Last month we reported that renewable energy was the EU’s biggest source of electricity, now a new report has found that wind and solar energy produced 10 per cent of the world’s electricity in the first half of this year.
The independent climate think tank Ember compiled the report and found that the increase in renewables came as coal-powered generation declined to the lowest half-year level since at least 1990.
Ember’s report into power generation levels up to June 2020 examined data from 48 countries which make up 83 per cent of global electricity production.
Renewables such as wind and solar power generation rose by 14 per cent during the first half of 2020 compared with 2019, while output from coal fell by 8.3 per cent, the report found.
Europe and the UK saw the largest contributions from renewables, at 21 per cents and 33 per cent respectively during the first half of the year.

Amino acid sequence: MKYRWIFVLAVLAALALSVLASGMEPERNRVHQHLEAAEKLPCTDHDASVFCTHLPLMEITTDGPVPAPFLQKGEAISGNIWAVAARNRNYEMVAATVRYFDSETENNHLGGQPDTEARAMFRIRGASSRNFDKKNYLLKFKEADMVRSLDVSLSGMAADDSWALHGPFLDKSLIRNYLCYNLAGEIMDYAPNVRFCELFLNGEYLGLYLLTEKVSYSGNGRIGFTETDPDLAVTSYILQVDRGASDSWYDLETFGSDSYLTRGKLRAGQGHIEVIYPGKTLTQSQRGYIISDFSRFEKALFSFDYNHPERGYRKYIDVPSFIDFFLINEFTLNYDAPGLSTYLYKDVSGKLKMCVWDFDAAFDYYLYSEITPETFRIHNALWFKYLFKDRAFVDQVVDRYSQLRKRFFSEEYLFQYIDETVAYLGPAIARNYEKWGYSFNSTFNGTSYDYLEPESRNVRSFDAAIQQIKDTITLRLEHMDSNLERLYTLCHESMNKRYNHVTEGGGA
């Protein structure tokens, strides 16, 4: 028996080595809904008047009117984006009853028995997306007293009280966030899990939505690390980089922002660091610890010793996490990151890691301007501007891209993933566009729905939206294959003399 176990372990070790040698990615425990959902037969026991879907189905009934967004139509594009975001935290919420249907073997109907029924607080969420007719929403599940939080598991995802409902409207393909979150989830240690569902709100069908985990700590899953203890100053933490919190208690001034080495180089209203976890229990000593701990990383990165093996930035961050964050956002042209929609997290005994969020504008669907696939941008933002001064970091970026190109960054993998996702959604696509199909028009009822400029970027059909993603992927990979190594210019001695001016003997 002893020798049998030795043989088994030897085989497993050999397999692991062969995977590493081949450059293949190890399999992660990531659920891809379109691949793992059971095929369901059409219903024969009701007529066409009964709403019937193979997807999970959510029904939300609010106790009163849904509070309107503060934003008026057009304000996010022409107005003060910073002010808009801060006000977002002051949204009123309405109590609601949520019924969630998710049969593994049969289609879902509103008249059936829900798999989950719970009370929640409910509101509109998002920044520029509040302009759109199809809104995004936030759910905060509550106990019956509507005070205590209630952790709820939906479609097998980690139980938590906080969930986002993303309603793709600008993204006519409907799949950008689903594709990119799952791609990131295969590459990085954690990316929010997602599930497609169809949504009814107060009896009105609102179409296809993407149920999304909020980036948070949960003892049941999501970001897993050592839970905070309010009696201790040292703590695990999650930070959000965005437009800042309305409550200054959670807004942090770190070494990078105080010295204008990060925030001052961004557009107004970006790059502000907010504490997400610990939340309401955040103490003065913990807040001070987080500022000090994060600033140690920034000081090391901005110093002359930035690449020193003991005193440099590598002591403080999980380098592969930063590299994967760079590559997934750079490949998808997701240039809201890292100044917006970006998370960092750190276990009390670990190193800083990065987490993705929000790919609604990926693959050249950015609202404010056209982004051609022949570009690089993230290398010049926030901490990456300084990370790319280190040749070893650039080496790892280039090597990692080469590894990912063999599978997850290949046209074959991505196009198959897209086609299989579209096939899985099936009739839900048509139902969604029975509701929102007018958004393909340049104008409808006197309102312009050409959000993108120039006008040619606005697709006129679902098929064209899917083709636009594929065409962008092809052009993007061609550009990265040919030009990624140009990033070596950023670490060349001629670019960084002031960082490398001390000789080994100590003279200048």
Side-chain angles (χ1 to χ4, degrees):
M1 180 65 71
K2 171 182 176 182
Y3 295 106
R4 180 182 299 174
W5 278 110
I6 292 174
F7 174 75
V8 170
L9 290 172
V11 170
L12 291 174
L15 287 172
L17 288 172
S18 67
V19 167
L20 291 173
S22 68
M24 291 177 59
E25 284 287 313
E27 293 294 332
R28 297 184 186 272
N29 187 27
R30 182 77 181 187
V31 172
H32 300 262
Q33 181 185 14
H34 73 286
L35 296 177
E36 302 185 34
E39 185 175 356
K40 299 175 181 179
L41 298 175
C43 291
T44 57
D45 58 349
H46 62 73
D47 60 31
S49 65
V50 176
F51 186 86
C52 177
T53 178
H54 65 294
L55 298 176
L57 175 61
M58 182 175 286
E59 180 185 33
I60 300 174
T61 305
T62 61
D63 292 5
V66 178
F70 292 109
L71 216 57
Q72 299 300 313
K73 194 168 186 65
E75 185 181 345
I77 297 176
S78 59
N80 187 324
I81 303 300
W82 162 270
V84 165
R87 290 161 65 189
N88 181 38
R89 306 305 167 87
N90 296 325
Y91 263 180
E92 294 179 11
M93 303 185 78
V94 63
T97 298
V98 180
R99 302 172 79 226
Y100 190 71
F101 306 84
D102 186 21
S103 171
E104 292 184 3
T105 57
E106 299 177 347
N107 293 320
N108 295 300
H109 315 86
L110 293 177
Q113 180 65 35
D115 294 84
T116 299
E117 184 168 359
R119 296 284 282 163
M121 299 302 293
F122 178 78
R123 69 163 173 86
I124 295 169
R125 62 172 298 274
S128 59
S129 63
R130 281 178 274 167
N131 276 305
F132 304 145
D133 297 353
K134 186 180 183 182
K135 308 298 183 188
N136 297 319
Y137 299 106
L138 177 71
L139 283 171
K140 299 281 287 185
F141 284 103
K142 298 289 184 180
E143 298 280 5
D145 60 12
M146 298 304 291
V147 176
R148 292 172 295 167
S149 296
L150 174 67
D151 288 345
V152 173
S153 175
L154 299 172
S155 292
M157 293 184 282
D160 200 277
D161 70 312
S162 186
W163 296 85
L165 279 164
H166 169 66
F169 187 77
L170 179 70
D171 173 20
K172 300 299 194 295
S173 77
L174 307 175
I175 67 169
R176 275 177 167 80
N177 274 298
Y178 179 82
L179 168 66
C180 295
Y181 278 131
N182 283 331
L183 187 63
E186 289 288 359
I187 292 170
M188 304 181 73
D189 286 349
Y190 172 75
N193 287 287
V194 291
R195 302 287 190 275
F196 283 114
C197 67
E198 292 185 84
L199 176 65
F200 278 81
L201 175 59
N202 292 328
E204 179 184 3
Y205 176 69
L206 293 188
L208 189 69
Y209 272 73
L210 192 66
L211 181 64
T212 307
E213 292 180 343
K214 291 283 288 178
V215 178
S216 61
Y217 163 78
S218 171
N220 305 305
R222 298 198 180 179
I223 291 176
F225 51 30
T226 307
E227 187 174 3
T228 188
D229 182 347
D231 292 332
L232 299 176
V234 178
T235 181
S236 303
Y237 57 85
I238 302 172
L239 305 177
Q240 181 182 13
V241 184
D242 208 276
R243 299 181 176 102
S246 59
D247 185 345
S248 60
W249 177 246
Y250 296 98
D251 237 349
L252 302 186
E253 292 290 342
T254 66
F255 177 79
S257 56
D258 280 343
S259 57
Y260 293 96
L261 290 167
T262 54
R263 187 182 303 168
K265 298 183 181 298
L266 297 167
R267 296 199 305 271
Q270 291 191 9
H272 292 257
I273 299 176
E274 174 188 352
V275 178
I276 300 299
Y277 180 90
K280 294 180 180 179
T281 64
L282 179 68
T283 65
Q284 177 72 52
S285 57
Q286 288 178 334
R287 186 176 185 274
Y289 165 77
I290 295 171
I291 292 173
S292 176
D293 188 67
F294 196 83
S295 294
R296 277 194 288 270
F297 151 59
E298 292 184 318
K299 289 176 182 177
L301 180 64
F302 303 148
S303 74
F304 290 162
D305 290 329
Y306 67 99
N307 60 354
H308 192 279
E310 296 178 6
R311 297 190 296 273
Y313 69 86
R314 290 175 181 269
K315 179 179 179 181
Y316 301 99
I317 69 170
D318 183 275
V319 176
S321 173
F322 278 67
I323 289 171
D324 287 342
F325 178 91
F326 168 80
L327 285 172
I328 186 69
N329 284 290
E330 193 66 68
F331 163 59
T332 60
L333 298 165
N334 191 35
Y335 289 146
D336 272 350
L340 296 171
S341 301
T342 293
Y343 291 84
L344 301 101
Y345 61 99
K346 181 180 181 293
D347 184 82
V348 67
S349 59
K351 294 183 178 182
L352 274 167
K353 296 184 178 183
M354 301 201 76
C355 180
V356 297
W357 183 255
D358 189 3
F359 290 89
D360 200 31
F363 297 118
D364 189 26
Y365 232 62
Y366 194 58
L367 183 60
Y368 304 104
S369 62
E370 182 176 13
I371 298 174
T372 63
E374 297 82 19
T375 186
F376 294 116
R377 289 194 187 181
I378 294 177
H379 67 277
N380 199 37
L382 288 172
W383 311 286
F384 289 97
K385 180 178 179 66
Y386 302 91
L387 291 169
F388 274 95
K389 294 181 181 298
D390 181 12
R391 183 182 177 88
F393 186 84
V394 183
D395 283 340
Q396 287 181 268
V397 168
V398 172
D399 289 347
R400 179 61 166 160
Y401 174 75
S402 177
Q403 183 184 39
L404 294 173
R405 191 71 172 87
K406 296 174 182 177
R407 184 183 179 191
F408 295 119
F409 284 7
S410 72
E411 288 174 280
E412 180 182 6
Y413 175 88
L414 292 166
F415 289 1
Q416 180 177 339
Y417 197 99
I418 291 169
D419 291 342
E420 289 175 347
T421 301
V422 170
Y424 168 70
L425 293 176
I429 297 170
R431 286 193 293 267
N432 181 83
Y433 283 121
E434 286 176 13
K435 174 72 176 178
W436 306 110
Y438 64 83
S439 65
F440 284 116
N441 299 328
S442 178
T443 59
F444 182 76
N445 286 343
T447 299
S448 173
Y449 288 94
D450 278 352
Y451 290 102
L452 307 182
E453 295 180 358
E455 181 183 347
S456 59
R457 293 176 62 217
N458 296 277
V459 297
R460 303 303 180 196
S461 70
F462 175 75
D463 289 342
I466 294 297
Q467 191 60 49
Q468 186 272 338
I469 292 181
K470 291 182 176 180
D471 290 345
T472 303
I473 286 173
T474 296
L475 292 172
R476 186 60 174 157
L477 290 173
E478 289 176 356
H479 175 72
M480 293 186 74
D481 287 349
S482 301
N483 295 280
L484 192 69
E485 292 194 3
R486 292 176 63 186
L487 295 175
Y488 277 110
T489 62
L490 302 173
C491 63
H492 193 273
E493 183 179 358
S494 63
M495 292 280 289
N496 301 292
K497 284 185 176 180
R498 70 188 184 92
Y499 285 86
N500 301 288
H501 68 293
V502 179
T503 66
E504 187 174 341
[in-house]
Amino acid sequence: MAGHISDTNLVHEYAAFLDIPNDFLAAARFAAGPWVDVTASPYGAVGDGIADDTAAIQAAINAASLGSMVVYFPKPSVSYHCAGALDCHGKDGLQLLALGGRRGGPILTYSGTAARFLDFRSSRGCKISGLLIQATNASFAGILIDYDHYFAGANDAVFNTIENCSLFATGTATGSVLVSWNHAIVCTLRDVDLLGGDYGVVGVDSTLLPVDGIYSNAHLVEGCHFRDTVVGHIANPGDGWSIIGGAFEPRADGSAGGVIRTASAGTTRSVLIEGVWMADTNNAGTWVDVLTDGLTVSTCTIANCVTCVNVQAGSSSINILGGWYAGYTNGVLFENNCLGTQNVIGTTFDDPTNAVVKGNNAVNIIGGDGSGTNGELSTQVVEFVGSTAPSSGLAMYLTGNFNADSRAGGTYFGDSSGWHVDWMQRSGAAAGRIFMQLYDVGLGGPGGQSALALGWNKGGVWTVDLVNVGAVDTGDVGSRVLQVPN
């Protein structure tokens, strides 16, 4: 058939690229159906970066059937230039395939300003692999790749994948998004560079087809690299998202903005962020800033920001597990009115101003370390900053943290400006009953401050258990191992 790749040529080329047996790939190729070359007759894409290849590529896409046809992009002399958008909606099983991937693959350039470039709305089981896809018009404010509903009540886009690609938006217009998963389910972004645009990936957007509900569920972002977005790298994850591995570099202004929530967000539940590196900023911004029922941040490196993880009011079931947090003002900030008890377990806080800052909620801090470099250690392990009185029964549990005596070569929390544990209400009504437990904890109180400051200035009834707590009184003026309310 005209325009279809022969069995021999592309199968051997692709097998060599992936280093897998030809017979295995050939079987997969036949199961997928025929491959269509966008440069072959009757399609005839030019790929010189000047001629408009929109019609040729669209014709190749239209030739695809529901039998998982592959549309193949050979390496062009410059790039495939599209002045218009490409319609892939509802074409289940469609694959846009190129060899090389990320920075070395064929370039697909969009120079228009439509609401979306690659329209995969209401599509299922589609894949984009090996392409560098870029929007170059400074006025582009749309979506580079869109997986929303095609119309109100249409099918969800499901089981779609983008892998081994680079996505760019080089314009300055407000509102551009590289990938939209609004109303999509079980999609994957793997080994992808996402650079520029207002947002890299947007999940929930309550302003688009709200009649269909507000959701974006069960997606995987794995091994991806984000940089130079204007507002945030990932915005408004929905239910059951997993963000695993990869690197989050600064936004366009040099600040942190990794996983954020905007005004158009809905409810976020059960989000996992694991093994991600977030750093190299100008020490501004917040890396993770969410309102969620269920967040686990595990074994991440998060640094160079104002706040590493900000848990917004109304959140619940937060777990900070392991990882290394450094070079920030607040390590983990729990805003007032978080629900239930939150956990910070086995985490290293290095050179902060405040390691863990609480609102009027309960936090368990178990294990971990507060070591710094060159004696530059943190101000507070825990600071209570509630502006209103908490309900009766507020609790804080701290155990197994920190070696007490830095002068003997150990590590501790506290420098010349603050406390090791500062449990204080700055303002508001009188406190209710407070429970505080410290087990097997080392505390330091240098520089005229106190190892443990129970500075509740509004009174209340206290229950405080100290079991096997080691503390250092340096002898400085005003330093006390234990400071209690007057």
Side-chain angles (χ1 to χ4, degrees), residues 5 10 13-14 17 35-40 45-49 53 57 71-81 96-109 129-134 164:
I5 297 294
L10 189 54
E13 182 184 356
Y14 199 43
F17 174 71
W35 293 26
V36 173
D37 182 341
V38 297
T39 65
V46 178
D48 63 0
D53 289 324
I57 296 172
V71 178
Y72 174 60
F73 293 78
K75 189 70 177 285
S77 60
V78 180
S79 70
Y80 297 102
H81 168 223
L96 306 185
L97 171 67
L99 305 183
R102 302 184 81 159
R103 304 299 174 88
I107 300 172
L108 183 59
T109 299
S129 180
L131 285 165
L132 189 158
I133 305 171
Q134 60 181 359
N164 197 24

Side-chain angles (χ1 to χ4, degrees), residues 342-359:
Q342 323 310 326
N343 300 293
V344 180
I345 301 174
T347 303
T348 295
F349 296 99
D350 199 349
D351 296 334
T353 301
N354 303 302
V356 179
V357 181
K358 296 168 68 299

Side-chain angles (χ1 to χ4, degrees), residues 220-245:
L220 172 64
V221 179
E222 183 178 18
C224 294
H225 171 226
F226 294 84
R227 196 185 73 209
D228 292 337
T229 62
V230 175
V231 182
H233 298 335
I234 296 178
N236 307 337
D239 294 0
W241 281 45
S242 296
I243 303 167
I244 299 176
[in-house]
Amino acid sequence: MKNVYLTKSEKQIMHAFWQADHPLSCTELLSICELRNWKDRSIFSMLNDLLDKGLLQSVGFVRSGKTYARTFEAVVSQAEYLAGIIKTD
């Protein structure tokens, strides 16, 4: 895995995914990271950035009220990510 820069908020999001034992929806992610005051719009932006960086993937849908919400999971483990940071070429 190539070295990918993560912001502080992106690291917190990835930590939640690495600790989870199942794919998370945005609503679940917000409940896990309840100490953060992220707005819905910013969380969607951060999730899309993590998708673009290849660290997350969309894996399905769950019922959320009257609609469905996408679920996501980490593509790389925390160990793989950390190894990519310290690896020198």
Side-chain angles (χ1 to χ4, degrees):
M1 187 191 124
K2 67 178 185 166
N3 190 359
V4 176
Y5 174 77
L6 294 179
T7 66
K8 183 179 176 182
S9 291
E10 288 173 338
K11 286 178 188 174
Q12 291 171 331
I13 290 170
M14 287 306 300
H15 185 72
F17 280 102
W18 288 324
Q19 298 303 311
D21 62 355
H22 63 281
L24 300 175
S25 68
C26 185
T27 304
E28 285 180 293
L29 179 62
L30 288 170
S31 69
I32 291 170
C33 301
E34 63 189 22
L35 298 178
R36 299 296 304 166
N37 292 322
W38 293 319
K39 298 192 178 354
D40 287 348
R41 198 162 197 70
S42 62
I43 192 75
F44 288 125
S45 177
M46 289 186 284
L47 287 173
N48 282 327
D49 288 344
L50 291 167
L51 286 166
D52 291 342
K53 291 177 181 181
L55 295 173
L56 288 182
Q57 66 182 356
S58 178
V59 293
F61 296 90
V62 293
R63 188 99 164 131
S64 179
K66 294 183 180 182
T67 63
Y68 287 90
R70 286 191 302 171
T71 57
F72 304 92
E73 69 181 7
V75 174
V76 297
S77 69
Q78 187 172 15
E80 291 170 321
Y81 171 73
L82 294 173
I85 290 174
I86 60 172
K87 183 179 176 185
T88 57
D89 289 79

The report found China produced 10 per cent of its power from wind and solar energy and the United States produced 12 per cent.
Coal power generation in the US and Europe fell by 31 per cent and 32 per cent respectively while coal power in China was down just 2 per cent.
‘Coal generation collapsed by 24% in the EU and 16% in the US in 2019, and is now half the level of 2007 in both the EU and US,’ report authors wrote.
But some argue that this decline is not big enough. Scientists have said coal needs to fall to just 6 per cent of total electricity generation by 2030.
Dave Jones, electricity analyst at Ember says, “The global decline of coal and power sector emissions is good news for the climate but governments have to dramatically accelerate the electricity transition so that global coal generation collapses throughout the 2020s.
To switch from coal into gas is just swapping one fossil fuel for another. The cheapest and quickest way to end coal generation is through a rapid roll-out of wind and solar.”